With North Korea Missiles Possibly in Range, Alaska Wants More Protection

North Korea icbm
Intercontinental ballistic missile Hwasong-14 is seen during its test launch in North Korea on July 4. KCNA via Reuters

In the wake of North Korea's first successful launch of an intercontinental ballistic missile (ICBM), a weapon that experts have warned could reach Alaska, the U.S. state is seeking significant upgrades to its missile defense.

Related: Trump warns North Korea: 'There will be consequences for their very, very bad behavior'

North Korean leader Kim Jong Un described Tuesday's test as a "gift" for Americans on their Independence Day and claimed the missile could carry a large nuclear warhead. While further claims that it could strike anywhere in the world have been met with a heavy dose of skepticism, several experts believe it could reach Alaska, Hawaii or even parts of the United States mainland.

North Korea is not yet considered capable of mounting a nuclear warhead onto an ICBM. However, Alaska Senator Dan Sullivan wrote on Facebook the morning following the test that there was no longer any time to waste in improving the state's ability to defend itself against a missile attack.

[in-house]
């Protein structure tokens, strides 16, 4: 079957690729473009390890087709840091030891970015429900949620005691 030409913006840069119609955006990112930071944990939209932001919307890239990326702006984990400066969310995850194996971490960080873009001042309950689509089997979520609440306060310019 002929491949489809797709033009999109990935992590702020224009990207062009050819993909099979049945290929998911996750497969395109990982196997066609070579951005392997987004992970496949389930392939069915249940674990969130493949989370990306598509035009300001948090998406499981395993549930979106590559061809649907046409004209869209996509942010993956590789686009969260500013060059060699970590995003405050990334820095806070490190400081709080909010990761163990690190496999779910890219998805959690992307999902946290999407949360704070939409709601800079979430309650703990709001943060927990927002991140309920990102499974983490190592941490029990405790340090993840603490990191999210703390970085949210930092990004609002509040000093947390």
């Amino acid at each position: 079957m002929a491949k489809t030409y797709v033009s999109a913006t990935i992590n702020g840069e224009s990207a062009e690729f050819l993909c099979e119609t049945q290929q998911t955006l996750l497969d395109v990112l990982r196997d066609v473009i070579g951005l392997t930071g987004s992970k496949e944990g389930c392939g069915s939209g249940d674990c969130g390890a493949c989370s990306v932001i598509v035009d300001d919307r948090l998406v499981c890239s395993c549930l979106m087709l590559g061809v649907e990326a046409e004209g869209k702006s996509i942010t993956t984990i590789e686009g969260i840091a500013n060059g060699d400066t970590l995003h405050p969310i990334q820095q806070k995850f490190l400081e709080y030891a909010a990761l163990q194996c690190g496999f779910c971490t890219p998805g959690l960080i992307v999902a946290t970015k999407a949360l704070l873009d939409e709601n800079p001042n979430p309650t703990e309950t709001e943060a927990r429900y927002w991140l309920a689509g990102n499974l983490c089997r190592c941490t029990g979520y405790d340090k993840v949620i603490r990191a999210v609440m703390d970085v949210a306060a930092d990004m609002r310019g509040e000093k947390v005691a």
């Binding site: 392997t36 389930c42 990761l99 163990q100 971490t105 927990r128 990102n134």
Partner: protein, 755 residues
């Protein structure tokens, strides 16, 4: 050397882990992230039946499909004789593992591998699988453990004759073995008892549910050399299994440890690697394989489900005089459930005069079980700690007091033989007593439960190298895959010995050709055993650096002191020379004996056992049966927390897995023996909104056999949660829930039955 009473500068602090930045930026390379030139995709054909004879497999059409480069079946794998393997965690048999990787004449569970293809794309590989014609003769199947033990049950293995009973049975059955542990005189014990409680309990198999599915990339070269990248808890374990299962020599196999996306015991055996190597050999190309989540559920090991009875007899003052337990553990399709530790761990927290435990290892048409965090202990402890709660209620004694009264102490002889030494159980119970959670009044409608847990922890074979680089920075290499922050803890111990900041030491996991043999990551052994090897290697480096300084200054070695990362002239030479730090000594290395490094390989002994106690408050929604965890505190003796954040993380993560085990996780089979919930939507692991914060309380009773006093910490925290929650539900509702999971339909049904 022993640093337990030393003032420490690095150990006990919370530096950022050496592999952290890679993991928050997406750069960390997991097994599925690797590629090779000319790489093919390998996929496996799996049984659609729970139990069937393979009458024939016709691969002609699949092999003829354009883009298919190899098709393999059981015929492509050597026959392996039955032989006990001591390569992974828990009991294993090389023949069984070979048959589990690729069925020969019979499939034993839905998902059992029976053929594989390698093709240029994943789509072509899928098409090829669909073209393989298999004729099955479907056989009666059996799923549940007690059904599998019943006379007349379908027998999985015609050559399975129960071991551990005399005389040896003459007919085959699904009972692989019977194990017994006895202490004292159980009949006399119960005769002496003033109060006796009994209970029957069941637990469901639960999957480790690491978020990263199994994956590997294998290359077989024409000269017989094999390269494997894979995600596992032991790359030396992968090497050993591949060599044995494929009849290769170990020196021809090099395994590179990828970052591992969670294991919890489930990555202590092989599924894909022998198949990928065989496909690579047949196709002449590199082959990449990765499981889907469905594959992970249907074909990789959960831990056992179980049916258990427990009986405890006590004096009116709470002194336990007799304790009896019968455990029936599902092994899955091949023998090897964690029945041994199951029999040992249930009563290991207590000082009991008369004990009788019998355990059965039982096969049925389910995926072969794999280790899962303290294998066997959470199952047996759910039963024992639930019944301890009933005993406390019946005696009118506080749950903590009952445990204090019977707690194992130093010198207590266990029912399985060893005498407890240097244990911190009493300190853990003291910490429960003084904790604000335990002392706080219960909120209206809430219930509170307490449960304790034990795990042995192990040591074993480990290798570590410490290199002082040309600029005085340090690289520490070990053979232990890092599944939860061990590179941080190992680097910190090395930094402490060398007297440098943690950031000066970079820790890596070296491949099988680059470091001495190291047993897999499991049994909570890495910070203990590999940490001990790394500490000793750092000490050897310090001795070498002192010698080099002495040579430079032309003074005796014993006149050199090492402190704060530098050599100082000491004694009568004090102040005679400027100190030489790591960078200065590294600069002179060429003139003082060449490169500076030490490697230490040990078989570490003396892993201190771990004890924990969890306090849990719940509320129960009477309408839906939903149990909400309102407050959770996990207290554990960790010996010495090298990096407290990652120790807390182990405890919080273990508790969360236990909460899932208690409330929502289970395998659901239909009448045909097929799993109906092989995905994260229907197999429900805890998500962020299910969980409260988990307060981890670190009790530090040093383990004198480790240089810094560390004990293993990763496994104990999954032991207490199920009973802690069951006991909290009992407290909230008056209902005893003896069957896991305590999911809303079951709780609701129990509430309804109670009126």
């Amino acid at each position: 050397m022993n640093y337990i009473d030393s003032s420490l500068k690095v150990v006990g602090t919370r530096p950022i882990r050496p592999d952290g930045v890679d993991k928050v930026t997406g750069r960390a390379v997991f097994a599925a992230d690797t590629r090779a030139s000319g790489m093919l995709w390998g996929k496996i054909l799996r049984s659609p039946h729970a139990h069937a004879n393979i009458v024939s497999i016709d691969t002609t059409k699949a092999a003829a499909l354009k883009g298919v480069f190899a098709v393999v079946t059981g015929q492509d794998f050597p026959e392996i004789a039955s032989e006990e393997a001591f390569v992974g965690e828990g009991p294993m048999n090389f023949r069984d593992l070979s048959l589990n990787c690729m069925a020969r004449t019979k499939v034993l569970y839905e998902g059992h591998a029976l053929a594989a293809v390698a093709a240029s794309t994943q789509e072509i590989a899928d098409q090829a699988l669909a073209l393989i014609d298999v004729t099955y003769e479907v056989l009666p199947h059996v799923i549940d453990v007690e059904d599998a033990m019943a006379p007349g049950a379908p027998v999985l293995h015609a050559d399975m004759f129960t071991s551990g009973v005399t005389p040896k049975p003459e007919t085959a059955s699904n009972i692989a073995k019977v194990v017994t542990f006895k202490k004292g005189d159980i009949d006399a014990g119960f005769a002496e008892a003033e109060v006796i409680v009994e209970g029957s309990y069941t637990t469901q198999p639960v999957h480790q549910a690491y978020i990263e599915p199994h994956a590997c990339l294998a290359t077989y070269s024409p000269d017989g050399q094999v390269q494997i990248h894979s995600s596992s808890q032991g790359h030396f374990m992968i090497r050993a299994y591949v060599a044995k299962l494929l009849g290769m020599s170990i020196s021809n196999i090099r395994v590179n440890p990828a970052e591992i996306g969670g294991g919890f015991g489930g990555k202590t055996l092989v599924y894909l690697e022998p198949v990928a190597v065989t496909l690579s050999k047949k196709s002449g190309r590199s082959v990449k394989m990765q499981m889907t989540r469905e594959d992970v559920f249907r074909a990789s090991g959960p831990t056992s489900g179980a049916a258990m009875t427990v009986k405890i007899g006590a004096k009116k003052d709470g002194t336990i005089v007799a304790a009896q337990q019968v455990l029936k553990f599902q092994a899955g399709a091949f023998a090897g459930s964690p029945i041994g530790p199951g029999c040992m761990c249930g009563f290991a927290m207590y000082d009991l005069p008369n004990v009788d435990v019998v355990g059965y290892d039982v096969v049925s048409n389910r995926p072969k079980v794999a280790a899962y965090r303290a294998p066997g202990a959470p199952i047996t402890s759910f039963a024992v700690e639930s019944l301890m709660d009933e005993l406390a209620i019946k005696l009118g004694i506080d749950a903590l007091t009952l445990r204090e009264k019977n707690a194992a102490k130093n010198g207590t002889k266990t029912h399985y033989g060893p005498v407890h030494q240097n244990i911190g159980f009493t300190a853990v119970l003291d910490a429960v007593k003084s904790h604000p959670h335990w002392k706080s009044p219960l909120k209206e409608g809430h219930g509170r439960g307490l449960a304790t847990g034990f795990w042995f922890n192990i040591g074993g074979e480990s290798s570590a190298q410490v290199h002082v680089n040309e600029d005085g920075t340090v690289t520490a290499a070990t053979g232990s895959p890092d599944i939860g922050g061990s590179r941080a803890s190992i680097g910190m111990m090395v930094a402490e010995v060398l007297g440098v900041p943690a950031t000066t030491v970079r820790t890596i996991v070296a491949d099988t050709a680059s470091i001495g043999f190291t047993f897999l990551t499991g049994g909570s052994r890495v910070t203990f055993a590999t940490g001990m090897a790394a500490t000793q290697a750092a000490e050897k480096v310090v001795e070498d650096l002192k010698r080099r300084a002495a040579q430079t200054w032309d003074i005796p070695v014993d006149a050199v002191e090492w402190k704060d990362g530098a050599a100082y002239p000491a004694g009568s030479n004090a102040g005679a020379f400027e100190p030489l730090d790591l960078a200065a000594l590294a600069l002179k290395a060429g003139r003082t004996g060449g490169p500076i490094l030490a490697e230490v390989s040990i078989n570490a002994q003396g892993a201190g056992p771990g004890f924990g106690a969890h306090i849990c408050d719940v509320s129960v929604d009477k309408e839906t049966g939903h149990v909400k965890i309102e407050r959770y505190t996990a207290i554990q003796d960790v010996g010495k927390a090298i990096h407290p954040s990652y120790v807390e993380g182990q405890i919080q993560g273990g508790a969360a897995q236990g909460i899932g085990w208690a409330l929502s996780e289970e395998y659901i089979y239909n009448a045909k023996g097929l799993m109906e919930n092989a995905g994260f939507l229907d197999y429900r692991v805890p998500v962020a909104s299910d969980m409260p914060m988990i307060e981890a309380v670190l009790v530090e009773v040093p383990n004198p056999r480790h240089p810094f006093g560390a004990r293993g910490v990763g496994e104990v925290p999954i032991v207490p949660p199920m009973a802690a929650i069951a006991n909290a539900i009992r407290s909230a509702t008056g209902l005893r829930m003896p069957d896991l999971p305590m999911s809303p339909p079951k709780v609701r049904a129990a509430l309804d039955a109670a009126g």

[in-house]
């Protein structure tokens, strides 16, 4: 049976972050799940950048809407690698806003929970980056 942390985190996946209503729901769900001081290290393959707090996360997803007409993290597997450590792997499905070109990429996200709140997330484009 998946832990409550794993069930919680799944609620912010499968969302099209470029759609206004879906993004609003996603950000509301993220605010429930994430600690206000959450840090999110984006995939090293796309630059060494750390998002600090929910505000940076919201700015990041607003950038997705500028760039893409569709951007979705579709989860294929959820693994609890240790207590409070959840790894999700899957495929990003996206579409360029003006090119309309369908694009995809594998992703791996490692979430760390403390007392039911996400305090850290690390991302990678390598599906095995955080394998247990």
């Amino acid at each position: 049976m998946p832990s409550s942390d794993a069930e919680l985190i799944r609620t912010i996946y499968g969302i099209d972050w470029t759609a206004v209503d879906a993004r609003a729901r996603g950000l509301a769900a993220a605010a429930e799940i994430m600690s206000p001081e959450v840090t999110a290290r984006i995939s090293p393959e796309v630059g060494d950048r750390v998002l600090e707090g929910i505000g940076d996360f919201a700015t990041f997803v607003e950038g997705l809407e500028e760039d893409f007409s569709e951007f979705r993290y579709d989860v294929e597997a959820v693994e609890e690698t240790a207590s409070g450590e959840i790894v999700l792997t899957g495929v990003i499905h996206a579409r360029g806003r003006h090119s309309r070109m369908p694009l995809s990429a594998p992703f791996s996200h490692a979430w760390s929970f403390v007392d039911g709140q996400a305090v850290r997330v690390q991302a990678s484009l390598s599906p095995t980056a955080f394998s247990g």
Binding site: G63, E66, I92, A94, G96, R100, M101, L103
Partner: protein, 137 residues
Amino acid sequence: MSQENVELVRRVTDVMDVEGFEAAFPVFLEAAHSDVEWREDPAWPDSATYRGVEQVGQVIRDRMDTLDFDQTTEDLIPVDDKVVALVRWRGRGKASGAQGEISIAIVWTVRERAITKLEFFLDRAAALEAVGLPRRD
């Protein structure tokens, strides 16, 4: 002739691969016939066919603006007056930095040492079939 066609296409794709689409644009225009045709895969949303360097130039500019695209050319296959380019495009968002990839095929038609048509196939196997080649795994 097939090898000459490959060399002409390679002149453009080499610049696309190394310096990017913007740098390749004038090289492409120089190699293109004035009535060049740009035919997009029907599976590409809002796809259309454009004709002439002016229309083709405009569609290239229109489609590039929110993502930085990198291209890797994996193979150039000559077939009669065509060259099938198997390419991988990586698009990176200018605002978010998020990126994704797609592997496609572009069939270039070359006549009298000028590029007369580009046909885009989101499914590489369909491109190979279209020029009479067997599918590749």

"Alaskans awoke to disturbing news that North Korea tested a missile that some experts say may be able to reach Alaska in the near future," the Republican senator wrote. "Now more than ever, it's imperative for Alaskans and the rest of the nation that we be prepared.

"That's why I recently introduced a bill—the majority of which was included in the National Defense Authorization Act passed out of committee last week—that will significantly boost our missile defense capabilities and keep America safe."

Today Alaskans awoke to disturbing news that North Korea tested a missile that some experts say may be able to reach...

Posted by Senator Dan Sullivan on Tuesday, July 4, 2017

Currently, Alaska houses the Ground-Based Midcourse Defense (GMD) system, which will comprise 44 missile interceptors by the end of 2017. However, the system has proved to be far from foolproof in earlier tests, failing three out of five times.

"If the North Koreans fired everything they had at us, and we fired at all of the missiles, we'd probably get most of them," Jeffrey Lewis, director of the East Asia nonproliferation program at the James Martin Center for Nonproliferation Studies, told Politico Wednesday. "But is 'probably get most' a good day or a bad day?"

The Advancing America's Missile Defense Act, referenced by Sullivan, has been introduced to the House and the Senate and would provide up to 28 more interceptors for the GMD system.

"Given our proximity to growing foreign powers, and this week's test, that need is now more urgent than ever," Alaska Representative Don Young, one of the bill's co-sponsors in the House, said in a statement to Agence France-Presse.

Speaking in Poland Thursday, President Donald Trump remarked on a possible U.S. response to North Korea's latest test, saying, "I have pretty severe things that we're thinking about."